The original Fairway at West 74th and Broadway; image via Wikimedia Commons
Earlier this week, the New York Post reported that beloved grocery chain Fairway would be filing Chapter 7 bankruptcy and closing all of its stores, but on Wednesday, Fairway took to Twitter to deny the claims. “Despite reports, Fairway Market has no intention to file for Chapter 7 or liquidate all of its stores,” the grocer tweeted. It’s unclear why the grocer made these statements since it’s now confirmed that they have filed for Chapter 11 bankruptcy, under which they will engage in a supervised sale of their remaining stores, reports the Times.
The chain is no stranger to financial woes. The original 74th Street and Broadway store became a Manhattan destination known for quality produce and well-curated gourmet brands, but as the chain expanded to other boroughs and the suburbs, the company incurred significant debt and struggled to stay afloat. Increasing competition from Whole Foods (especially after their purchase by Amazon), Trader Joe’s, and most recently, Wegman’s, coupled with overall rising costs only made matters worse. Per the bankruptcy filing, the company also points to increasing labor and pension costs and reports that their cash is down to just $1 million and they have debt amounting to $227 million.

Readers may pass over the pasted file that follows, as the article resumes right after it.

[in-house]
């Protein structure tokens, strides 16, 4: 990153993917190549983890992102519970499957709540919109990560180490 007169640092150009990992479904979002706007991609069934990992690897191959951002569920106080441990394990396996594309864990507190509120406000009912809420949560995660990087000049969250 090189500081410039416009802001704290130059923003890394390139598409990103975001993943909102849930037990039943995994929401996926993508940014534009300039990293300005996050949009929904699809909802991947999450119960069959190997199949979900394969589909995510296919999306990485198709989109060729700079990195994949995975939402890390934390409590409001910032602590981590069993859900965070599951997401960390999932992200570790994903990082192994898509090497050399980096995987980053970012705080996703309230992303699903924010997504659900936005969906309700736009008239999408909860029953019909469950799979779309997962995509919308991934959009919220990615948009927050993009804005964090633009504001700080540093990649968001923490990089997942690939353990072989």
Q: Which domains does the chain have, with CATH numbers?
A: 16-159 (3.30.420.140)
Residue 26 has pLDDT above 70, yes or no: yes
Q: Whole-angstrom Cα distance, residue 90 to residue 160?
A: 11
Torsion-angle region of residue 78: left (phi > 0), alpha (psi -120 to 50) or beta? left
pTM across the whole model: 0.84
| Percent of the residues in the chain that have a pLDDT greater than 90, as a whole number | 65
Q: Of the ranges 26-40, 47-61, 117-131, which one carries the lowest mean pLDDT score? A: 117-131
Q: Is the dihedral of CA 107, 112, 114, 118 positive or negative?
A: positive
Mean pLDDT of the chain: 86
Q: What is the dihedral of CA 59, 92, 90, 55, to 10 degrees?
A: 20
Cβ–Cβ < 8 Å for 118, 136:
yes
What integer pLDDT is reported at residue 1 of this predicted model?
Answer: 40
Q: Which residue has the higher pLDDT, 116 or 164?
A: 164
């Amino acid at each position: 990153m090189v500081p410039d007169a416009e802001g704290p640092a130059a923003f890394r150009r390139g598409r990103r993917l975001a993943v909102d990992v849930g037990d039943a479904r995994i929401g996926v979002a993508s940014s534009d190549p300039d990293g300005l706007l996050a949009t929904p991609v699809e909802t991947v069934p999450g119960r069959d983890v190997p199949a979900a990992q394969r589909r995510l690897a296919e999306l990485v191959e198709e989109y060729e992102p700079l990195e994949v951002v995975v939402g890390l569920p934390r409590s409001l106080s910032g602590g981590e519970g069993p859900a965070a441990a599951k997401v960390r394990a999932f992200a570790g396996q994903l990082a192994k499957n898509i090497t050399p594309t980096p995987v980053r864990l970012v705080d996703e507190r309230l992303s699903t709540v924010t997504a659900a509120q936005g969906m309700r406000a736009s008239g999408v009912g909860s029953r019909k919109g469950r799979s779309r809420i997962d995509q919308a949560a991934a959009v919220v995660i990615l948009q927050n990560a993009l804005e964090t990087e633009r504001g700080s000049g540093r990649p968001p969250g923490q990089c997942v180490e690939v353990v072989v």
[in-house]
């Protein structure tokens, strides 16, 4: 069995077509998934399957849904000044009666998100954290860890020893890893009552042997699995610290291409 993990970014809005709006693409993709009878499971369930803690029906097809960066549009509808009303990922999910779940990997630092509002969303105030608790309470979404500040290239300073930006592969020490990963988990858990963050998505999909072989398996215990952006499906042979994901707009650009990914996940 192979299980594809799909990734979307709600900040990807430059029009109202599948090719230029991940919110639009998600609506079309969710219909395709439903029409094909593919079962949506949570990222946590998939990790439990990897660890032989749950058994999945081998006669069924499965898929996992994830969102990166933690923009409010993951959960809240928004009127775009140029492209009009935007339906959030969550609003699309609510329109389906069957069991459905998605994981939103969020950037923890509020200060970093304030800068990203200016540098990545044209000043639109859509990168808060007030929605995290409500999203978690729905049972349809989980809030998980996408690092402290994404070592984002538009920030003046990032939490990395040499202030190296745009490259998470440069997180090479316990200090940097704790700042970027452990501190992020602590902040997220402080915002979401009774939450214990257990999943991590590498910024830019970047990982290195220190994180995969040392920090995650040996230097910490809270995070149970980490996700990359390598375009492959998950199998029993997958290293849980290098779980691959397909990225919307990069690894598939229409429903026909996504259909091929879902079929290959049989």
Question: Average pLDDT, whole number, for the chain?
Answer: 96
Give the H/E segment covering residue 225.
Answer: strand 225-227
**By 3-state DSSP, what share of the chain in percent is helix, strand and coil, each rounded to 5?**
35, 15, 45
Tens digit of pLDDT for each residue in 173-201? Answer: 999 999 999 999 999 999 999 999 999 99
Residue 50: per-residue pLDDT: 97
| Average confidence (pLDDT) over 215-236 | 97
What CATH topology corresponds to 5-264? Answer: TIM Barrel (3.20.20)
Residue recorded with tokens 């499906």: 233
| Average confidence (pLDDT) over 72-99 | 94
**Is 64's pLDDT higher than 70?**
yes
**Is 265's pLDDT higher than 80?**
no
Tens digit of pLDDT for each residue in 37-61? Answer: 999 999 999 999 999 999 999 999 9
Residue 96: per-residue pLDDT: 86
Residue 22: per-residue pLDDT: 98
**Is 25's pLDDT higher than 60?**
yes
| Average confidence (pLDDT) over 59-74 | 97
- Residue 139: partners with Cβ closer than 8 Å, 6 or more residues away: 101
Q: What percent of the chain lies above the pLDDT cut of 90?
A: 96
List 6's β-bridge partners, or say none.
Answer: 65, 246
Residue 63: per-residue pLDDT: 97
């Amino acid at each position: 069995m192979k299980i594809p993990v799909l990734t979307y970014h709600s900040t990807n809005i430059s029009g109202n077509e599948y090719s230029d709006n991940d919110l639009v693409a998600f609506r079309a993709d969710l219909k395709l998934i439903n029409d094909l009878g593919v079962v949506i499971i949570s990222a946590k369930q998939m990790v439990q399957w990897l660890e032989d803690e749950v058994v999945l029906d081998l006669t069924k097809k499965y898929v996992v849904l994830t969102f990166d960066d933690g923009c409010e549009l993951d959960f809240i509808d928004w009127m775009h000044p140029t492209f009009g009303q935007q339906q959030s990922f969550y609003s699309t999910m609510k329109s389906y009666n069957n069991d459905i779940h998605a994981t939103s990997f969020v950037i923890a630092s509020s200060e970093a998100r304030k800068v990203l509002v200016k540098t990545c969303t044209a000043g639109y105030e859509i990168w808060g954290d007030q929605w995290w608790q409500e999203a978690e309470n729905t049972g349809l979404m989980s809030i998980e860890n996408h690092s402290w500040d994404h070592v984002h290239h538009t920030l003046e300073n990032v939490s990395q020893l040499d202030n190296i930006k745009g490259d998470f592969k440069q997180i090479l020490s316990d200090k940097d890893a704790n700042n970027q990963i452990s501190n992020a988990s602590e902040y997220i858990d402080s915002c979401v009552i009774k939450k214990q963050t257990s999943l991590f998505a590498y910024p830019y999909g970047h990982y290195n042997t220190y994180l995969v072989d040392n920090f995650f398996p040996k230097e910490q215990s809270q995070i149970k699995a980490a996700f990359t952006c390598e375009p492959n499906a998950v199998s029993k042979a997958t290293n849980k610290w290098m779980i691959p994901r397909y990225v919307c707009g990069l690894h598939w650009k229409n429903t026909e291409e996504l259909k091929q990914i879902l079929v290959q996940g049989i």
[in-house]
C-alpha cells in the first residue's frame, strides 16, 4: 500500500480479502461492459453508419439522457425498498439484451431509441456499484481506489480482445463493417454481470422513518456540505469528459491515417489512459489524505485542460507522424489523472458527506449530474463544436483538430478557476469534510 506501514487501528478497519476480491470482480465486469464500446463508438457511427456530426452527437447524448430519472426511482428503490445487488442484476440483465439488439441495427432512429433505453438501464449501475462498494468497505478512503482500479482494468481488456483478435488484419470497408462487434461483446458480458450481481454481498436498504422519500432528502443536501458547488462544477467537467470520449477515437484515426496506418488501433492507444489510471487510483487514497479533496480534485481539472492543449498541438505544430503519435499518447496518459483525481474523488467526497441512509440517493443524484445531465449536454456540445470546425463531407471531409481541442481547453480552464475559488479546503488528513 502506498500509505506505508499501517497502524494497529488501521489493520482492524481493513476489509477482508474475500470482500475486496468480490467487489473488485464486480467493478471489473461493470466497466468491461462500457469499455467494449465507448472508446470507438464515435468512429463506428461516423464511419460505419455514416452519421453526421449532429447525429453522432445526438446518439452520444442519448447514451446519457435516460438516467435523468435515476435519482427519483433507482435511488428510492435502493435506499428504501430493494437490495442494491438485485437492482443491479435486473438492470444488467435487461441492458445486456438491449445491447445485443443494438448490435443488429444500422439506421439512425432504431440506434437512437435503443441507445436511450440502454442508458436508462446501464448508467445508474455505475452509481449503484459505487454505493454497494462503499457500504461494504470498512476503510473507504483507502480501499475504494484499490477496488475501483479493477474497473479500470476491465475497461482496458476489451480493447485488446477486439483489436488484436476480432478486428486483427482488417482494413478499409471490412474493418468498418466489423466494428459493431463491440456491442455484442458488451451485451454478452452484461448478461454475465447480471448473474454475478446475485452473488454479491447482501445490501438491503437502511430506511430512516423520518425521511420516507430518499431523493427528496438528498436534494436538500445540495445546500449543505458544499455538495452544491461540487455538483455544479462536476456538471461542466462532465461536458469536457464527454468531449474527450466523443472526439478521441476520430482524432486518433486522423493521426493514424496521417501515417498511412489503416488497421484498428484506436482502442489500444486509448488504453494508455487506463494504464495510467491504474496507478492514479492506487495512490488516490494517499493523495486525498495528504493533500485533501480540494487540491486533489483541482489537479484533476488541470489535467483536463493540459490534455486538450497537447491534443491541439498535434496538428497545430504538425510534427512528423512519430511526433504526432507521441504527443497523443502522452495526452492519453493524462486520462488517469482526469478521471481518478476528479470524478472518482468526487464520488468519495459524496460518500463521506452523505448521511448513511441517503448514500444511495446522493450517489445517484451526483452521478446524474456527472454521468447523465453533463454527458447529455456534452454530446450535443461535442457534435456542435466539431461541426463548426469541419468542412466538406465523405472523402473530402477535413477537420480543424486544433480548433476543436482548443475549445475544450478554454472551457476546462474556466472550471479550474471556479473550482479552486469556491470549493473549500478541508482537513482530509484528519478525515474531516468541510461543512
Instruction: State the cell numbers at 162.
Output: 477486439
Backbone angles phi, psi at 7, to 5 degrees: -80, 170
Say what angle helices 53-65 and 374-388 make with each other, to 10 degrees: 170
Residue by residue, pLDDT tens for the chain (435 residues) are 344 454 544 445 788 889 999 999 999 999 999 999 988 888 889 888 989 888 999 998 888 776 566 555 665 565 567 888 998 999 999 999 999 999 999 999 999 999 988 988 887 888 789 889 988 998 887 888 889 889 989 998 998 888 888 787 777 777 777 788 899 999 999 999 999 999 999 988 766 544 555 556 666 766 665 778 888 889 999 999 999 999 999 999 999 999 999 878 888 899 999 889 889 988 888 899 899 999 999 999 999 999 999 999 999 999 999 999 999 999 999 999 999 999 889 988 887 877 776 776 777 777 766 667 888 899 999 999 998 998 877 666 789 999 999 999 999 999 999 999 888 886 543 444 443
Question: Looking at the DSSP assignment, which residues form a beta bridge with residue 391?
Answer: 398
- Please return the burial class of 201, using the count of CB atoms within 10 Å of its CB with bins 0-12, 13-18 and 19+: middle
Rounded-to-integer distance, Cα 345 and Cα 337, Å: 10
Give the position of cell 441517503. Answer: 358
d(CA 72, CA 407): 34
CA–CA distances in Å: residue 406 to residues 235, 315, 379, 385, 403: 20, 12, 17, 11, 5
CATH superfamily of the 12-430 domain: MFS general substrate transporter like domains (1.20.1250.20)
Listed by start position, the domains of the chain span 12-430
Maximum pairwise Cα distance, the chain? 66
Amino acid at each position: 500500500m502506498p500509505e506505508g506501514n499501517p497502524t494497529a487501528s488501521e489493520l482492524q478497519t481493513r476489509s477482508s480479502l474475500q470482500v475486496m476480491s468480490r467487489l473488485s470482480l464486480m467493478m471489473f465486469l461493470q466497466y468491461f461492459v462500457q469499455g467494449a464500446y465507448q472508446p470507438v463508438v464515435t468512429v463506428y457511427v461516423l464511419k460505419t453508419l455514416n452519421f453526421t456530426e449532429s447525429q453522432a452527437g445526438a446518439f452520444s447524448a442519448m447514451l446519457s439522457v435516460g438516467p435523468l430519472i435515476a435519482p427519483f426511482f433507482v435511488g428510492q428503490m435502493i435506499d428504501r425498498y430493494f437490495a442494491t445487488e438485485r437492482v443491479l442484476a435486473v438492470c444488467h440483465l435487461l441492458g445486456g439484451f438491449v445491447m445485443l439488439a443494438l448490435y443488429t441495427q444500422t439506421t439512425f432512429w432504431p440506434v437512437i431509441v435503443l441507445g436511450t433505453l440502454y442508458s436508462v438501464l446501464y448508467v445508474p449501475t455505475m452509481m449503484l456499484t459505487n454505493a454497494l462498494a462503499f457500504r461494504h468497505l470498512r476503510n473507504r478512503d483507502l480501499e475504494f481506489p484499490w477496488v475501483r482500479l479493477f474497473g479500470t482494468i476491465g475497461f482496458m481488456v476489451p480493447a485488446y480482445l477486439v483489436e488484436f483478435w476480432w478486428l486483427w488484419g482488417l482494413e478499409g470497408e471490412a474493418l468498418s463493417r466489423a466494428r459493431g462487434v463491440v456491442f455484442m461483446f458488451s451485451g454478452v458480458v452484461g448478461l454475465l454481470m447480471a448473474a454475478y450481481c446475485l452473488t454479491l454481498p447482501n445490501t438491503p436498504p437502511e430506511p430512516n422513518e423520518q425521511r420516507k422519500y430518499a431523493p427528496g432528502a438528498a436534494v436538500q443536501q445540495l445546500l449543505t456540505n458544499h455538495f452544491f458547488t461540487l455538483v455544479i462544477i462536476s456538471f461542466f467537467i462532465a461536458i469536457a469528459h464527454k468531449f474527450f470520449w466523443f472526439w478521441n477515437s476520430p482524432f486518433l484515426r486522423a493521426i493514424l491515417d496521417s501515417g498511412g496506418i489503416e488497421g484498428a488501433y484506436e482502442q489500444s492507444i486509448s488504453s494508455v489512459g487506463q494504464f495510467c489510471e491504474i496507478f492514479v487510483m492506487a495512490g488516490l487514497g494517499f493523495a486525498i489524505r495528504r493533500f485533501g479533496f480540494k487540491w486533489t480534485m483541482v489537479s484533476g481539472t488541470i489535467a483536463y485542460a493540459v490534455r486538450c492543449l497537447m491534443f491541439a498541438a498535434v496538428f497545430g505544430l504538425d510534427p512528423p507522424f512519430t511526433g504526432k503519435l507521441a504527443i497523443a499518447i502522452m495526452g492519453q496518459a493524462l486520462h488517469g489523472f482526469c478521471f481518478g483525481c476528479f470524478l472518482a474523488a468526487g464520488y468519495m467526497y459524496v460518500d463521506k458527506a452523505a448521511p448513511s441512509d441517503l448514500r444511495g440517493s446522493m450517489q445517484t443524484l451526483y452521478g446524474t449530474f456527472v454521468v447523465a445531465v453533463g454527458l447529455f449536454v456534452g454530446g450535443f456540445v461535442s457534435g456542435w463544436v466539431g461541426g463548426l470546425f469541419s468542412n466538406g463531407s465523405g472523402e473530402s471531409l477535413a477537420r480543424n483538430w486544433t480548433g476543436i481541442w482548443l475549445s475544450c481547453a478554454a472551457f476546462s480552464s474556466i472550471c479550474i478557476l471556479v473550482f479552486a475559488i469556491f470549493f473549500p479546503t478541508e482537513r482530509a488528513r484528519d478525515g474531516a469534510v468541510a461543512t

In a foreshadowing statement on Wednesday, Fairway spokeswoman Rica Hermosura revealed that a soon-to-be-announced transaction “will provide for the ongoing operation of its stores.” So far, this seems true, and Fairway says its stores will remain open during the sales process thanks to a $25 million loan from its lenders.
Fairway has received an offer from Village Super Market, which runs 30 ShopRite and Gourmet Garage locations in the northeast, to buy the five Manhattan stores and their distribution center in the Bronx for around $70 million. However, other businesses are still able to bid for these locations, as well as Fairway’s nine others, until February 28th, at which time the U.S. Bankruptcy Court in New York will decide on a sale.
In a statement obtained by the Wall Street Journal, Village Supermarket chief executive Robert Sumas said, “If we are successful in our bid, we are committed to keeping Fairway, including its name, unique product selection and value, a part of this community.”
Editor’s Note: This story was originally published on January 22, 2020, and was updated with new information.
- Fairway Grocery Stores Struggling to Stay Afloat in Competitive Market
- 25,000 shoppers flocked to Brooklyn’s Wegmans Sunday for record opening day sales
- NYC’s newest Whole Foods will open in Nomad office tower